The Air Force plans to restructure its scandal-plagued nuclear missileer career field to emphasize experience and encourage officers to stay longer.

In a Thursday release, Air Force Global Strike Command said that the 13N career field, nuclear and missile operations, needs to become a "self-sustaining" field that holds on to officers after their first assignment.

"For nearly 50 years, our [intercontinental ballistic missile] crew force has been manned almost entirely of first-assignment officers," said Gen. Robin Rand, the head of Global Strike Command. "We employed young officers for four years, and then forced many of them out of the career field to meet manpower needs across the Air Force. No other career field does this, and it has created a number of challenges for the ICBM community."

The Air Force began a major overhaul of its troubled nuclear enterprise after the 2014 revelations that some missileers had been using drugs and cheating on tests, calling into question the career field's professionalism and effectiveness and setting off alarm bells throughout the service.

Rand offered a preview of the changes coming to the missileer career field at the Air Force Association's Air Warfare Symposium in February, when he said those airmen are moving to a new system where they spend their first three-year tour as crew members, and then another three-year tour in a supervisory position.

That "three year plus three year" system has been a good start, the Air Force said in the release, but will not, on its own, create a career field that sustains itself over time.

The next step toward reaching that goal will be to rebalance how many new officers the Air Force brings into the missileer career field, and how many it retrains and reassigns to other jobs. Because the Air Force will be holding on to officers after their first assignment, it won't be reassigning — or crossflowing — as many to other jobs. This, in turn, means the Air Force will not have to bring as many new officers on board over time.

And this will mean more mid-level leaders with experience will be around to oversee the younger officers. In previous years, the release said, missile squadrons were almost entirely made up of very young instructors, evaluators and flight commanders in their first four years of service. They were led by a lieutenant colonel-level operations officer and squadron commander, but no intermediate leaders, the Air Force said.

"Overly strict policies and procedures were set in place as a substitute for a more experienced, mature and engaging mid-level leadership," Brig. Gen. Fred Stoss, director of operations for Global Strike Command, said in the release. "Wouldn't we rather have an experienced instructor engage young lieutenants one-on-one to show them the way rather than subject the lieutenants to large group training sessions with make-or-break exams three times a month?"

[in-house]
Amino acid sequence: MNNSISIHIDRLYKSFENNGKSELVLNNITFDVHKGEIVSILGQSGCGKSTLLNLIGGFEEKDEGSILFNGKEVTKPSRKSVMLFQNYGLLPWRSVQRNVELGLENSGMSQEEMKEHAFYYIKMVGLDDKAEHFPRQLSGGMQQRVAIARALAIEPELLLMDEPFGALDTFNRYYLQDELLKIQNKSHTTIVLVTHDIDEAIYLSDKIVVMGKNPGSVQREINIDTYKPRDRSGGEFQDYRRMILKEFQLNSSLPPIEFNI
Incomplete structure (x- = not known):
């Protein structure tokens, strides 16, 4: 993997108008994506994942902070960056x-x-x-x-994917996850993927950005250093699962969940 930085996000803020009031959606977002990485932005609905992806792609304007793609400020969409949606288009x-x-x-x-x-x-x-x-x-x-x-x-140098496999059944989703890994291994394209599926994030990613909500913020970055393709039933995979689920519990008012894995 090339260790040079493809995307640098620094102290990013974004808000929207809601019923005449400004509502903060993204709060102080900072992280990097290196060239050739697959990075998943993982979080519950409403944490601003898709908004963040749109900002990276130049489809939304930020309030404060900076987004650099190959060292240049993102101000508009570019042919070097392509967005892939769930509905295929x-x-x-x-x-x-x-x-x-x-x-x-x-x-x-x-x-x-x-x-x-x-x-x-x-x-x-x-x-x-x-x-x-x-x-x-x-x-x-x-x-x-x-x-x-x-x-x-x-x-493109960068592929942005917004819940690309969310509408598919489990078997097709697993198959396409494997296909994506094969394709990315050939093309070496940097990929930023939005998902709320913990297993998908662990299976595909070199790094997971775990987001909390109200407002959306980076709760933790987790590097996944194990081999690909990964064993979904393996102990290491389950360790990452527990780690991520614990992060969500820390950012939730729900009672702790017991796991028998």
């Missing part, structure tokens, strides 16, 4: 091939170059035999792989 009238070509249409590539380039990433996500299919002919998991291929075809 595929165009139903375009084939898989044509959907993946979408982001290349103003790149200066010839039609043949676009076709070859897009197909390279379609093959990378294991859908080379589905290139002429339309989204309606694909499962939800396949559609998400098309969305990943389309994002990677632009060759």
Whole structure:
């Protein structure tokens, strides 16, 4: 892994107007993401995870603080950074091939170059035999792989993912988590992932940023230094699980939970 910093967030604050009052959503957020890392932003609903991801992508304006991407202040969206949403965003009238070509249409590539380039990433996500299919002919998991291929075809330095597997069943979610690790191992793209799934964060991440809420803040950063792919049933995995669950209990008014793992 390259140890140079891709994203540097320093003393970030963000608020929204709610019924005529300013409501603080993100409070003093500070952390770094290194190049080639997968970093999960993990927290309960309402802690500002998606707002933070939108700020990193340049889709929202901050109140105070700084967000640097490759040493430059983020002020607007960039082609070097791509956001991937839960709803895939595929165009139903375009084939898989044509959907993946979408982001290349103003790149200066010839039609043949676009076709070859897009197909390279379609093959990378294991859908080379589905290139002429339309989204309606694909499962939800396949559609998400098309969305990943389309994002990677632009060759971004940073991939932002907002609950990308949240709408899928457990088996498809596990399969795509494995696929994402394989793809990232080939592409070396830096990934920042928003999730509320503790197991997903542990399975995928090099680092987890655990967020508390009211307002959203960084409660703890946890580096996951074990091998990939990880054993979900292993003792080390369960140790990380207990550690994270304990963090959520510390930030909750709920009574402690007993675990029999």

Stoss said the restructuring plan should be ready for review by Air Force leadership this May.

"While it will take several years to grow the right rank structure, we believe we can terminate crossflows as early as 2019," Stoss said.

The overhaul will also review and adjust grade structures throughout the career field, aiming to redistribute major and lieutenant colonel billets "to create a smooth rank structure pyramid seen in all other career fields," the release said.

And other billets related to the nuclear enterprise will be reviewed to see if they should be folded into the 13N career field, which could provide more assignment opportunities for those officers.

"I see the Air Force relying heavily on the 13N career field as the backbone of [the] nuclear enterprise," Rand said. "In the future, just about every organization with a nuclear mission should have a 13N officer assigned to provide expertise in nuclear policy, command and control, and weapons effects."

Stephen Losey is the air warfare reporter for Defense News. He previously covered leadership and personnel issues at Air Force Times, and the Pentagon, special operations and air warfare at He has traveled to the Middle East to cover U.S. Air Force operations.

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